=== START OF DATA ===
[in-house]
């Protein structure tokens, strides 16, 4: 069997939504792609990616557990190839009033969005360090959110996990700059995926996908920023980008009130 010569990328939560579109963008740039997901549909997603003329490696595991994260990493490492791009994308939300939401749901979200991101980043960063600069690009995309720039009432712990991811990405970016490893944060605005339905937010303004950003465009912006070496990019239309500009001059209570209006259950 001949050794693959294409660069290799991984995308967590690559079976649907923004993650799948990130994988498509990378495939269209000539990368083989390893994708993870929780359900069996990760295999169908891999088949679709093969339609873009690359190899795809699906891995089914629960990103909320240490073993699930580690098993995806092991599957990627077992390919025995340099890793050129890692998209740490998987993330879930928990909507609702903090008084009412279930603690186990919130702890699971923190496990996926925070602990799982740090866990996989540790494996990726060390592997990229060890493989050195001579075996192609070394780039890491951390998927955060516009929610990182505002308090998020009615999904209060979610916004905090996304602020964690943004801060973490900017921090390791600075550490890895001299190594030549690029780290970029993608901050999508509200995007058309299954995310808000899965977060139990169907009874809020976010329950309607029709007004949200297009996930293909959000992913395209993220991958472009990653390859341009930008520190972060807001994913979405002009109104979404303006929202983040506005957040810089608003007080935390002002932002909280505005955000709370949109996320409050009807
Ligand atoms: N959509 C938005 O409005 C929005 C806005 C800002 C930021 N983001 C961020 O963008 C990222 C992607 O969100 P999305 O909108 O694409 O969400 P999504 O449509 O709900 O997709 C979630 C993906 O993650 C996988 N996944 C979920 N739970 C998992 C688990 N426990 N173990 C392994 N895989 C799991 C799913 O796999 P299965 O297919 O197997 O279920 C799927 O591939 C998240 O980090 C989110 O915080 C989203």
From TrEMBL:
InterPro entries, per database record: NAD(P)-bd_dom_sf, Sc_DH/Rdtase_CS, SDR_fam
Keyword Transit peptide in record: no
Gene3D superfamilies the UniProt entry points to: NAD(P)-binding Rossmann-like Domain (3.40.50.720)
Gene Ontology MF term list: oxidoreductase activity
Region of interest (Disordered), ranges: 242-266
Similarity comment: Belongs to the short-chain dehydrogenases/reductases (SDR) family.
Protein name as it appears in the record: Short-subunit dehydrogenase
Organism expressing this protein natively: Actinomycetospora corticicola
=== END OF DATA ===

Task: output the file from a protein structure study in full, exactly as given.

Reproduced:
[in-house]
């Protein structure tokens, strides 16, 4: 069997939504792609990616557990190839009033969005360090959110996990700059995926996908920023980008009130 010569990328939560579109963008740039997901549909997603003329490696595991994260990493490492791009994308939300939401749901979200991101980043960063600069690009995309720039009432712990991811990405970016490893944060605005339905937010303004950003465009912006070496990019239309500009001059209570209006259950 001949050794693959294409660069290799991984995308967590690559079976649907923004993650799948990130994988498509990378495939269209000539990368083989390893994708993870929780359900069996990760295999169908891999088949679709093969339609873009690359190899795809699906891995089914629960990103909320240490073993699930580690098993995806092991599957990627077992390919025995340099890793050129890692998209740490998987993330879930928990909507609702903090008084009412279930603690186990919130702890699971923190496990996926925070602990799982740090866990996989540790494996990726060390592997990229060890493989050195001579075996192609070394780039890491951390998927955060516009929610990182505002308090998020009615999904209060979610916004905090996304602020964690943004801060973490900017921090390791600075550490890895001299190594030549690029780290970029993608901050999508509200995007058309299954995310808000899965977060139990169907009874809020976010329950309607029709007004949200297009996930293909959000992913395209993220991958472009990653390859341009930008520190972060807001994913979405002009109104979404303006929202983040506005957040810089608003007080935390002002932002909280505005955000709370949109996320409050009807
Ligand atoms: N959509 C938005 O409005 C929005 C806005 C800002 C930021 N983001 C961020 O963008 C990222 C992607 O969100 P999305 O909108 O694409 O969400 P999504 O449509 O709900 O997709 C979630 C993906 O993650 C996988 N996944 C979920 N739970 C998992 C688990 N426990 N173990 C392994 N895989 C799991 C799913 O796999 P299965 O297919 O197997 O279920 C799927 O591939 C998240 O980090 C989110 O915080 C989203």
From TrEMBL:
InterPro entries, per database record: NAD(P)-bd_dom_sf, Sc_DH/Rdtase_CS, SDR_fam
Keyword Transit peptide in record: no
Gene3D superfamilies the UniProt entry points to: NAD(P)-binding Rossmann-like Domain (3.40.50.720)
Gene Ontology MF term list: oxidoreductase activity
Region of interest (Disordered), ranges: 242-266
Similarity comment: Belongs to the short-chain dehydrogenases/reductases (SDR) family.
Protein name as it appears in the record: Short-subunit dehydrogenase
Organism expressing this protein natively: Actinomycetospora corticicola